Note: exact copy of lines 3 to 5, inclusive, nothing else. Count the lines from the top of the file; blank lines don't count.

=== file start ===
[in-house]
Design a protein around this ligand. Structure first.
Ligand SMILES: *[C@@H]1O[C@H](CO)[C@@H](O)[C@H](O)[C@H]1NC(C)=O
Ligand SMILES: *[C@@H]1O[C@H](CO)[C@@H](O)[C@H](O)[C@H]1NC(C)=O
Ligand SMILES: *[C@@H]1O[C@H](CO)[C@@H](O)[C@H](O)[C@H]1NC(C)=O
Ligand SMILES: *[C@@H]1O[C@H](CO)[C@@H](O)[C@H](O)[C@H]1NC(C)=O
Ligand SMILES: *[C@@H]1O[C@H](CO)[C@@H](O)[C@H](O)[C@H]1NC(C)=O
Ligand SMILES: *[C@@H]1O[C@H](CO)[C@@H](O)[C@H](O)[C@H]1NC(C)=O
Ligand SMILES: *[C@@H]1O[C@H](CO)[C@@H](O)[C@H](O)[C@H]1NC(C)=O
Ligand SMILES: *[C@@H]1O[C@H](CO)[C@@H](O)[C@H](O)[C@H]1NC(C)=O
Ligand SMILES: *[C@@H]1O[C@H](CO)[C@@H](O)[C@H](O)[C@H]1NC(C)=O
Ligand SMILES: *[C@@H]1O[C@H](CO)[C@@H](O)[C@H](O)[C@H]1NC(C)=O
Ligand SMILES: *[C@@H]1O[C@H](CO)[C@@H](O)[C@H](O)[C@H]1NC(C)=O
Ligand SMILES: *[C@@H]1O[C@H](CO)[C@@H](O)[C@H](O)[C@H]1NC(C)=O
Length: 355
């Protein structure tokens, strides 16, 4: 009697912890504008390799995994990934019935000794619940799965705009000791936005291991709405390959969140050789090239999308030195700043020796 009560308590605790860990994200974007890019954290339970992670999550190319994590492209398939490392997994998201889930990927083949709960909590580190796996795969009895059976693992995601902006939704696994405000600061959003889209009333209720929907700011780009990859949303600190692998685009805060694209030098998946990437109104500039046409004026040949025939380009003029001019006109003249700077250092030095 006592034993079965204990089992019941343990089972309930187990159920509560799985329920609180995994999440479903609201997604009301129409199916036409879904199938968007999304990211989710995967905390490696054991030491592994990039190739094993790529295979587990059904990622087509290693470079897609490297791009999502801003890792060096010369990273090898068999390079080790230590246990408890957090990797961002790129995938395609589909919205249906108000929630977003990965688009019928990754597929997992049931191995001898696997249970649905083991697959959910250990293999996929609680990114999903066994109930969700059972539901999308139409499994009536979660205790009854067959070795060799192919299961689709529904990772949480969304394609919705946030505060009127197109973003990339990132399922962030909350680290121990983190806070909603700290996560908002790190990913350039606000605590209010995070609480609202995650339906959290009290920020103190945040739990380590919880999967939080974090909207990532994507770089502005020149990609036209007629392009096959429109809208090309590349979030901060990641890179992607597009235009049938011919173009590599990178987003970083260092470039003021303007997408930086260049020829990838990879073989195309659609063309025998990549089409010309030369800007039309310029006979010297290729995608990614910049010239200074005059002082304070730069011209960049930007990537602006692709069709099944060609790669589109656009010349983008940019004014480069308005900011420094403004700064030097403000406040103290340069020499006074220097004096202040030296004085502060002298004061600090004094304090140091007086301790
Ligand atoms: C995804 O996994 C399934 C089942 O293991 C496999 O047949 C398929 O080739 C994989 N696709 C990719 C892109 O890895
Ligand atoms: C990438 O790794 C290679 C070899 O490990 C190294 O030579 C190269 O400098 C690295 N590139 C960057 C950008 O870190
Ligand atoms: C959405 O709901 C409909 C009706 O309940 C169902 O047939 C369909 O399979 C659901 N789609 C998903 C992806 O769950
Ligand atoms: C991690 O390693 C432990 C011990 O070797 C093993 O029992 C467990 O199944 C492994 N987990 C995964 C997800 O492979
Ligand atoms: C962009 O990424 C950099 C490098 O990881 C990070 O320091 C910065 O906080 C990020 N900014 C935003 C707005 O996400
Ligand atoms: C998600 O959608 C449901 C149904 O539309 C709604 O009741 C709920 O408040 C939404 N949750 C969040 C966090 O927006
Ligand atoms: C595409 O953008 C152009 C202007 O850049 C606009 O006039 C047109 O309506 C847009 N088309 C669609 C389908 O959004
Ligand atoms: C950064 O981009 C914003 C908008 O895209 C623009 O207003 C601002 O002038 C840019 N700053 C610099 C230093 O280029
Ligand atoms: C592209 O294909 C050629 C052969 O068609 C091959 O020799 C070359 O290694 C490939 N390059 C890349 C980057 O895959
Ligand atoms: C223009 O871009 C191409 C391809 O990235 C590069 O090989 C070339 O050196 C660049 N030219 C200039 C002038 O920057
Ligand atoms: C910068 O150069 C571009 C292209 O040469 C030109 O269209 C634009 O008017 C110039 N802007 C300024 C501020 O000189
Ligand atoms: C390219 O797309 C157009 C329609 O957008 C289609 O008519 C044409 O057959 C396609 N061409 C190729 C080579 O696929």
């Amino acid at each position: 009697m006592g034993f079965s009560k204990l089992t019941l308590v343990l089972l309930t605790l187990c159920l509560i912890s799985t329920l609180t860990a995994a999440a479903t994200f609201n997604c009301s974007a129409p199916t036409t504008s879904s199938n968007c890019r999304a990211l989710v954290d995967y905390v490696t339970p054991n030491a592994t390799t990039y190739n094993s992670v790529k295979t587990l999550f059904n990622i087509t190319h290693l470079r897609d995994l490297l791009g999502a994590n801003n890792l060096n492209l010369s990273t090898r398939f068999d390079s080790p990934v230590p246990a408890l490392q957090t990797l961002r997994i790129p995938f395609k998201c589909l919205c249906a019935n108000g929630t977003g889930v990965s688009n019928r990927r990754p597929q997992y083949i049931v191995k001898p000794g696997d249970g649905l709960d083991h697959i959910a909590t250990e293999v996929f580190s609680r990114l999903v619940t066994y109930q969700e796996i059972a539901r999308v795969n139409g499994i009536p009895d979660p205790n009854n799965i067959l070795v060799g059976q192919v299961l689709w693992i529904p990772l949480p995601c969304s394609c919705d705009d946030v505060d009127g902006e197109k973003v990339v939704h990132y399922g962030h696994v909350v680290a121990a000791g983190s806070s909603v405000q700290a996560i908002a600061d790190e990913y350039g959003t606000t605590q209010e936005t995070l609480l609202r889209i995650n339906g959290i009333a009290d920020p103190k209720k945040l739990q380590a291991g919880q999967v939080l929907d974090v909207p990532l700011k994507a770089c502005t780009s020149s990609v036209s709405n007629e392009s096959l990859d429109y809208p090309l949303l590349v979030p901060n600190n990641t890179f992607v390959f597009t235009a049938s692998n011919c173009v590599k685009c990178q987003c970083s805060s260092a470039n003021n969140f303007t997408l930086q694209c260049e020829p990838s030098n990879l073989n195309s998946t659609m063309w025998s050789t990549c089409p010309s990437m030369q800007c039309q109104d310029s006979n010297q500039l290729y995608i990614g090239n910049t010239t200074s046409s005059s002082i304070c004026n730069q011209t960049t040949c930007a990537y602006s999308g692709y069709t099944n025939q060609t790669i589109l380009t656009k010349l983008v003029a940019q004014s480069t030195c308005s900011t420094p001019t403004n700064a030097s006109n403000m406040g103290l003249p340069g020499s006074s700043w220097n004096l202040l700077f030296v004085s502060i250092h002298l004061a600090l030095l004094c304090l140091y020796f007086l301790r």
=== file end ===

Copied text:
Ligand SMILES: *[C@@H]1O[C@H](CO)[C@@H](O)[C@H](O)[C@H]1NC(C)=O
Ligand SMILES: *[C@@H]1O[C@H](CO)[C@@H](O)[C@H](O)[C@H]1NC(C)=O
Ligand SMILES: *[C@@H]1O[C@H](CO)[C@@H](O)[C@H](O)[C@H]1NC(C)=O